Ron McLeod wrote:If the ID column is AUTO_INCREMENT then you should not be trying to insert anything in to that column (null or otherwise).
And if you do insert a value for an auto-increment column, the common database behavior is that it will set that value instead of using the next available auto-increment value.
And if that value conflicts with an existing value and the column is defined as unique (as, for example a primary key), then the insert will fail.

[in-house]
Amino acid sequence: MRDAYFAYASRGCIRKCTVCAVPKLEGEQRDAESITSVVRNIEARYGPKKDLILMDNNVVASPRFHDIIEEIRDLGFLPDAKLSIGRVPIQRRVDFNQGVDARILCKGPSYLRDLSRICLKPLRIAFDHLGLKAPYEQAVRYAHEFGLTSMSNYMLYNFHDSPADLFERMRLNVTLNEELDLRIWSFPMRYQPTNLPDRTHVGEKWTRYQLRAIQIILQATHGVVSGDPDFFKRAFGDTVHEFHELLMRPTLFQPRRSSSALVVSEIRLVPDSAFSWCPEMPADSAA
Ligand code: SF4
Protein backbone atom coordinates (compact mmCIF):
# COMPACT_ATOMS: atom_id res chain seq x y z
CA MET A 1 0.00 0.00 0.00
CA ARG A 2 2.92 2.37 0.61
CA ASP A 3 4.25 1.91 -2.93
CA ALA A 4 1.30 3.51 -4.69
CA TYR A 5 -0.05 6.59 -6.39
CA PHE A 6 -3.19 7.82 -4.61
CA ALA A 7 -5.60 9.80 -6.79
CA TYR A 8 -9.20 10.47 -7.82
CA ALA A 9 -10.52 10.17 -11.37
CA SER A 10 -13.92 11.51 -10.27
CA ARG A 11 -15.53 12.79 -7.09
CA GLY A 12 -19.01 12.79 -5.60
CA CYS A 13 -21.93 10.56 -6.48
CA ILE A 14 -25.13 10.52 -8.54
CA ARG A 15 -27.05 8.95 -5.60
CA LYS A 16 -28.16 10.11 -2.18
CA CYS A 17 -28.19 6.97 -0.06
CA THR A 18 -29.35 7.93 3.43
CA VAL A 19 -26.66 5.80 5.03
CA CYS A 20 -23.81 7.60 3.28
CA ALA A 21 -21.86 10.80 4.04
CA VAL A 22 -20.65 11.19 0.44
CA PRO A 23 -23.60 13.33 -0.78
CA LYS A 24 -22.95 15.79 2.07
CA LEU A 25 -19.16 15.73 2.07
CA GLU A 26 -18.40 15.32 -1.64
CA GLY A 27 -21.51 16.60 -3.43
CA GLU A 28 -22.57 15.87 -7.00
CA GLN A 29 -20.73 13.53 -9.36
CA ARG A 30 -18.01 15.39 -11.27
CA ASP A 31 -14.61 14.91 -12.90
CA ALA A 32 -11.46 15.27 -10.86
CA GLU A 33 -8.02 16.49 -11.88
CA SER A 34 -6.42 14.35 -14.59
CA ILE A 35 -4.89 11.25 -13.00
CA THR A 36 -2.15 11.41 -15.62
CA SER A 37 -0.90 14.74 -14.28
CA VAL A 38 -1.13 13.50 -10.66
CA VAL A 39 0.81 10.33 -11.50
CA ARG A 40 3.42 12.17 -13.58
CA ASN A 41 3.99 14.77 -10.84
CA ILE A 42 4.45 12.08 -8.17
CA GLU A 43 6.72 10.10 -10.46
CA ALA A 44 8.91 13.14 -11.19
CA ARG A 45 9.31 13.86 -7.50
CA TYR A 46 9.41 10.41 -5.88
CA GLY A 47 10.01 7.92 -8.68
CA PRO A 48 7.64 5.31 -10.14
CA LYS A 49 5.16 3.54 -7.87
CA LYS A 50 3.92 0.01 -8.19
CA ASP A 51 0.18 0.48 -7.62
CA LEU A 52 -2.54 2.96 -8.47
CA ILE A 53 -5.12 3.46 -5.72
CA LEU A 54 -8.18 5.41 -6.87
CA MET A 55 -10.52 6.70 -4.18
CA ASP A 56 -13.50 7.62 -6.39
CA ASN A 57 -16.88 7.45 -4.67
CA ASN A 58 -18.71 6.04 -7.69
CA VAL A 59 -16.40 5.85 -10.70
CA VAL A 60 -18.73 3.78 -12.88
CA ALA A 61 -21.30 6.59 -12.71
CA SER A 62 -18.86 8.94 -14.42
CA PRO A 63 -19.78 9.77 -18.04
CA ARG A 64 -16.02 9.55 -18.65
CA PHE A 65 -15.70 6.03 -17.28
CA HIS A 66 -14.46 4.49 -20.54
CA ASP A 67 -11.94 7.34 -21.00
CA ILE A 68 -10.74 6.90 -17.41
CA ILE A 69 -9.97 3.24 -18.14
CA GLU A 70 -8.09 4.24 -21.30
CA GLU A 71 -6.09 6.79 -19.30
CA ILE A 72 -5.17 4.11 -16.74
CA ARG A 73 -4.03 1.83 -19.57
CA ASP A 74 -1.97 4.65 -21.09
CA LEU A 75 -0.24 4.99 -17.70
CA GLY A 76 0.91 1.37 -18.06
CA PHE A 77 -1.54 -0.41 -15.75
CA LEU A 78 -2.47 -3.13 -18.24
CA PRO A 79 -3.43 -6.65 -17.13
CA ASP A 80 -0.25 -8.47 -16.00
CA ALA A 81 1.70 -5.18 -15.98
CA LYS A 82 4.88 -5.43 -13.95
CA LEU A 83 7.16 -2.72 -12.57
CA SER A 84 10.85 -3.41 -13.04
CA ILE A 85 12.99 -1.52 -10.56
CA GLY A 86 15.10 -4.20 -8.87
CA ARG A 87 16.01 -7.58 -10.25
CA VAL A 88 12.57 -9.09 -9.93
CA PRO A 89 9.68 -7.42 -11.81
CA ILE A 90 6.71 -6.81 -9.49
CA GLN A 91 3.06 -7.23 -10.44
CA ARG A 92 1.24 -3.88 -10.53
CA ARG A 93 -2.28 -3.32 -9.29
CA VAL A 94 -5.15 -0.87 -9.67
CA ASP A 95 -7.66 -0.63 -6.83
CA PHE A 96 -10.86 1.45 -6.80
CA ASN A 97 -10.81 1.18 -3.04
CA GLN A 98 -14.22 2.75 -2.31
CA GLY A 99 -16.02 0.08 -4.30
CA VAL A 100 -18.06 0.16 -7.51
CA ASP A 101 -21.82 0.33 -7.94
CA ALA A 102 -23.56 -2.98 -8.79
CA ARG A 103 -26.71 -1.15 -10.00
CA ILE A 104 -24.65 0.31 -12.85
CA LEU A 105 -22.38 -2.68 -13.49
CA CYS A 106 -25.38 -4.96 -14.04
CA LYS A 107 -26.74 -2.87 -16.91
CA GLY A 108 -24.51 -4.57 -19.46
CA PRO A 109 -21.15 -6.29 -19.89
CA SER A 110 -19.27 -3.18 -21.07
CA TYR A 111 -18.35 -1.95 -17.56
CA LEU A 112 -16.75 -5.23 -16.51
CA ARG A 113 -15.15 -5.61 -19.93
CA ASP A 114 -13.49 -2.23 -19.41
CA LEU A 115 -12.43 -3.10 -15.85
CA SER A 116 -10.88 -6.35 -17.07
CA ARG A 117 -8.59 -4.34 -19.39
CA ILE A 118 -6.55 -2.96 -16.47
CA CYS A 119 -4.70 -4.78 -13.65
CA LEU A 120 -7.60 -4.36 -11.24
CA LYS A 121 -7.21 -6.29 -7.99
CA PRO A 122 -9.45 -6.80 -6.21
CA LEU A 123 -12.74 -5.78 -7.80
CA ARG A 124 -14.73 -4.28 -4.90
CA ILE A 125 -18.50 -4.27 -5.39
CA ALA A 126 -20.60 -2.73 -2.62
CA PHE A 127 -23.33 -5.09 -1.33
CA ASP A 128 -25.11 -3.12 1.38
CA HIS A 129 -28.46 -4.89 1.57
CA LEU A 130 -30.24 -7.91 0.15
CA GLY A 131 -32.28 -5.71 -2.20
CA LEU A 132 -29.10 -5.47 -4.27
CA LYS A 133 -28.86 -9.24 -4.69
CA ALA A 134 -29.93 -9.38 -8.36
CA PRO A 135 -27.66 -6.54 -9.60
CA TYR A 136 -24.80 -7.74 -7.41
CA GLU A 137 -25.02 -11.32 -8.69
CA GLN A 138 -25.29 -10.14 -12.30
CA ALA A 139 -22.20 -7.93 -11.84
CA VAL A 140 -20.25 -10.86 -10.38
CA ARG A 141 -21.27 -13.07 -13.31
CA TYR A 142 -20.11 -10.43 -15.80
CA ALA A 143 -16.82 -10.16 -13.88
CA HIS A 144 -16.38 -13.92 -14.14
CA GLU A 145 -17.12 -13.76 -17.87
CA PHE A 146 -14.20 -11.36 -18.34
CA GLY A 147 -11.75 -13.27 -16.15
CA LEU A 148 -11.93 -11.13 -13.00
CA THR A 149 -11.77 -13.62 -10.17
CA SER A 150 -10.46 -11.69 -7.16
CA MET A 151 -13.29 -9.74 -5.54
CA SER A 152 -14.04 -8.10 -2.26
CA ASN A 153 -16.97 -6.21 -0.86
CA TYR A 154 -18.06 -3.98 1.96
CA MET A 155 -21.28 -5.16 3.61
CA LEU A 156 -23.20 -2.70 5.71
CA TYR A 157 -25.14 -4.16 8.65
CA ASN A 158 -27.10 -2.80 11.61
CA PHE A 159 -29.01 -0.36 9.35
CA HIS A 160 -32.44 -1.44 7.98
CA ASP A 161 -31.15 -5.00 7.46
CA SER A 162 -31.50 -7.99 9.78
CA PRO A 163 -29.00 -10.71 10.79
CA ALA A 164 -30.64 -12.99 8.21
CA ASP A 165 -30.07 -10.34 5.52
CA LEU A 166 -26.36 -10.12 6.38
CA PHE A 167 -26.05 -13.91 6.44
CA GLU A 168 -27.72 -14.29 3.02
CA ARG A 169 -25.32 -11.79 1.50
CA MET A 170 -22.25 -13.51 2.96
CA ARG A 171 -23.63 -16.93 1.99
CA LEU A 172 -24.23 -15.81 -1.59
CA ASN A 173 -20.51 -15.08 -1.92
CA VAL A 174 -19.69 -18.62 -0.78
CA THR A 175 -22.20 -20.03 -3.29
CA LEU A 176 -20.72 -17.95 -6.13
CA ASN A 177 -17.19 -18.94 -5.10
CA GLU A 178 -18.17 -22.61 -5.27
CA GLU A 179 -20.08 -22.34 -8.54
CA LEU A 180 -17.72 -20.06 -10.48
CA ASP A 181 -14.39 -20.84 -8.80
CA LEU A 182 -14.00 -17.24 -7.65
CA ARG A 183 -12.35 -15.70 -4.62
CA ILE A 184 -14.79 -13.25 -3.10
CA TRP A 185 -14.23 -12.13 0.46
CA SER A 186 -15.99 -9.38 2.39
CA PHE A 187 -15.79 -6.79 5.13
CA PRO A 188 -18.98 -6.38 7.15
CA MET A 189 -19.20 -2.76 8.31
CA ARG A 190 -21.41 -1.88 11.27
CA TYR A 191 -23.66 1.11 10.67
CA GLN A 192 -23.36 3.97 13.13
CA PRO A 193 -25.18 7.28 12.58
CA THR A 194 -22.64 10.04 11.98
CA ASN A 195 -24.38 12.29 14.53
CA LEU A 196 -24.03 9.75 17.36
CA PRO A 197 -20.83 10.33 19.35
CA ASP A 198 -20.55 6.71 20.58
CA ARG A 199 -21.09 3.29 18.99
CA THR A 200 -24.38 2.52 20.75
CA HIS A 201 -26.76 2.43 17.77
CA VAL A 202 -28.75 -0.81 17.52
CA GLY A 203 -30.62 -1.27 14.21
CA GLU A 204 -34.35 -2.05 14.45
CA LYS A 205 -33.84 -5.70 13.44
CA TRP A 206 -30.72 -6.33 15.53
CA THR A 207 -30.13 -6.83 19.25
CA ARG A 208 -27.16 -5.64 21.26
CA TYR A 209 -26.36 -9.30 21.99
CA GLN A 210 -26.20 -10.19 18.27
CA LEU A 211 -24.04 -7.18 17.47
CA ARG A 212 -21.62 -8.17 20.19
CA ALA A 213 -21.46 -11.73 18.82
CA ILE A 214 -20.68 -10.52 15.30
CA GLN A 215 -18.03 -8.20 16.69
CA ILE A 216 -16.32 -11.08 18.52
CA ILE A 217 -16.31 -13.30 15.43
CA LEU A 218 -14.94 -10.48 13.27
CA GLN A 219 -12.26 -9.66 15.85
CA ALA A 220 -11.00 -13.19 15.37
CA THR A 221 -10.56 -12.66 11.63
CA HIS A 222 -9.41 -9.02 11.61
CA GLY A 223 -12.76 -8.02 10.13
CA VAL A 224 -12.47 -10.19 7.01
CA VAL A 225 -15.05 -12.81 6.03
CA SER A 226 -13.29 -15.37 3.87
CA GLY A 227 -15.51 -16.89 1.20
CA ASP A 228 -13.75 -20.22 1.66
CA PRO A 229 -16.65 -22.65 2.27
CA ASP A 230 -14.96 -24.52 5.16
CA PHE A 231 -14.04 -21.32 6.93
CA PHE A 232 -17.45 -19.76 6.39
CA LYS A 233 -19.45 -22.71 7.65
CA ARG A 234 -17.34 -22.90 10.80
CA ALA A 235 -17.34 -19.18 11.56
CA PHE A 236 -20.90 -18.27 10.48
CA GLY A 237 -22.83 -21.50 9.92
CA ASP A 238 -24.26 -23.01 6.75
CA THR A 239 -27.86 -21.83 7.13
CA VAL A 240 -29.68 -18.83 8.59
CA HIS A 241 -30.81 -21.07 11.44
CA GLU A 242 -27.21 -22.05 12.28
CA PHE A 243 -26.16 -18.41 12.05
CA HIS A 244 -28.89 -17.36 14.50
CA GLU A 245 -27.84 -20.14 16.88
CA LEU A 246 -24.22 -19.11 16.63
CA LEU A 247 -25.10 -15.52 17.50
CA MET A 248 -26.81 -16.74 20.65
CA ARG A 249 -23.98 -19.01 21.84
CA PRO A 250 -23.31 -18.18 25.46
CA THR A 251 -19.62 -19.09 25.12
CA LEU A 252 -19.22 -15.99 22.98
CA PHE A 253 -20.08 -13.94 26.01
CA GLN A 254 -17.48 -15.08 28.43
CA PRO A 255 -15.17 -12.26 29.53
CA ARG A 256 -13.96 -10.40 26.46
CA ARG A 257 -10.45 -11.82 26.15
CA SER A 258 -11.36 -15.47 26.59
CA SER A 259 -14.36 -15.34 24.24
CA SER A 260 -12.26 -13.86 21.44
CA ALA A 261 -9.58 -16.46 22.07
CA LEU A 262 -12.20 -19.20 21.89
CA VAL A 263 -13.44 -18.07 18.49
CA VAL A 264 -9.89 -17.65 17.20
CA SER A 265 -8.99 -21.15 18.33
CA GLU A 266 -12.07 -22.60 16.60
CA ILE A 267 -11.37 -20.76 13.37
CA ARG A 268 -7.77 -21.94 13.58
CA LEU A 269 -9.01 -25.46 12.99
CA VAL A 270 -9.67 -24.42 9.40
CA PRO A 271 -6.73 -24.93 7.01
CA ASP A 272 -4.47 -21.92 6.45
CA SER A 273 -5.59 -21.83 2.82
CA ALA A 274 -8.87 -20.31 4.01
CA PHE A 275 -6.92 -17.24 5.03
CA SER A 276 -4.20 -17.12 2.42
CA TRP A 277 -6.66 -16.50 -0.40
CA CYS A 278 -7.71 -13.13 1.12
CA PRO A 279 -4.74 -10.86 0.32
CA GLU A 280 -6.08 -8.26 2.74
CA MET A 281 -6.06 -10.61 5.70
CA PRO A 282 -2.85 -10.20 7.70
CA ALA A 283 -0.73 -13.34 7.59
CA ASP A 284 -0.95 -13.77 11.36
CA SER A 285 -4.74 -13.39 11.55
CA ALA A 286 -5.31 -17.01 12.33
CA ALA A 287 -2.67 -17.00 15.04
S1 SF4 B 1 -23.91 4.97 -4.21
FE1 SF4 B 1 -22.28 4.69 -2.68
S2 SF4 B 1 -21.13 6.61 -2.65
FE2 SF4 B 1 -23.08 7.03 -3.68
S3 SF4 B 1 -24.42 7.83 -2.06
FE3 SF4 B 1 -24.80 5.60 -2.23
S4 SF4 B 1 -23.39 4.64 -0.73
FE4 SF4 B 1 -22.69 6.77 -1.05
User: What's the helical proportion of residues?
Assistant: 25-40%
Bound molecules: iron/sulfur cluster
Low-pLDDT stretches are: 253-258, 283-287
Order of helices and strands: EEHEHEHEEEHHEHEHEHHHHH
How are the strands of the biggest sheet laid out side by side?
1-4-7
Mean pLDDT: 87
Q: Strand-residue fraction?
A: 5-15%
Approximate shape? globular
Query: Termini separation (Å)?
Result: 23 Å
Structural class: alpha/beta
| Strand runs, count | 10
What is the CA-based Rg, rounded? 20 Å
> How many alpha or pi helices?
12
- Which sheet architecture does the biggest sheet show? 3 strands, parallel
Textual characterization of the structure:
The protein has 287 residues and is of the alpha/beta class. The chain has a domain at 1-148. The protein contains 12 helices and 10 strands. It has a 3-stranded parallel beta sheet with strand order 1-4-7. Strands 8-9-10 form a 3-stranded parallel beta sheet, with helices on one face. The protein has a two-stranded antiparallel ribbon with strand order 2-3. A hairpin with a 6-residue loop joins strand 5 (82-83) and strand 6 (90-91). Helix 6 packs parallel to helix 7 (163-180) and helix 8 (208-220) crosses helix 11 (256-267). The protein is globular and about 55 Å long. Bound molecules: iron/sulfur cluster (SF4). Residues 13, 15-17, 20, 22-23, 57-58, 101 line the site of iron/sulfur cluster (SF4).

And if a later auto-increment operation would set a unique column value to that existing value, then if you are lucky then the auto-increment manager in the DBMS will detect the collision and skip over it, selecting a new auto-increment value. But if you are not, the insert for the auto-incremented value will fail. As far as I know, there's not defined standard on which will happen, so depending on the DBMS vendor and version, consider the results as unpredictable.
When it comes to destroying a civilization, gas chambers cannot hold a candle to echo chambers.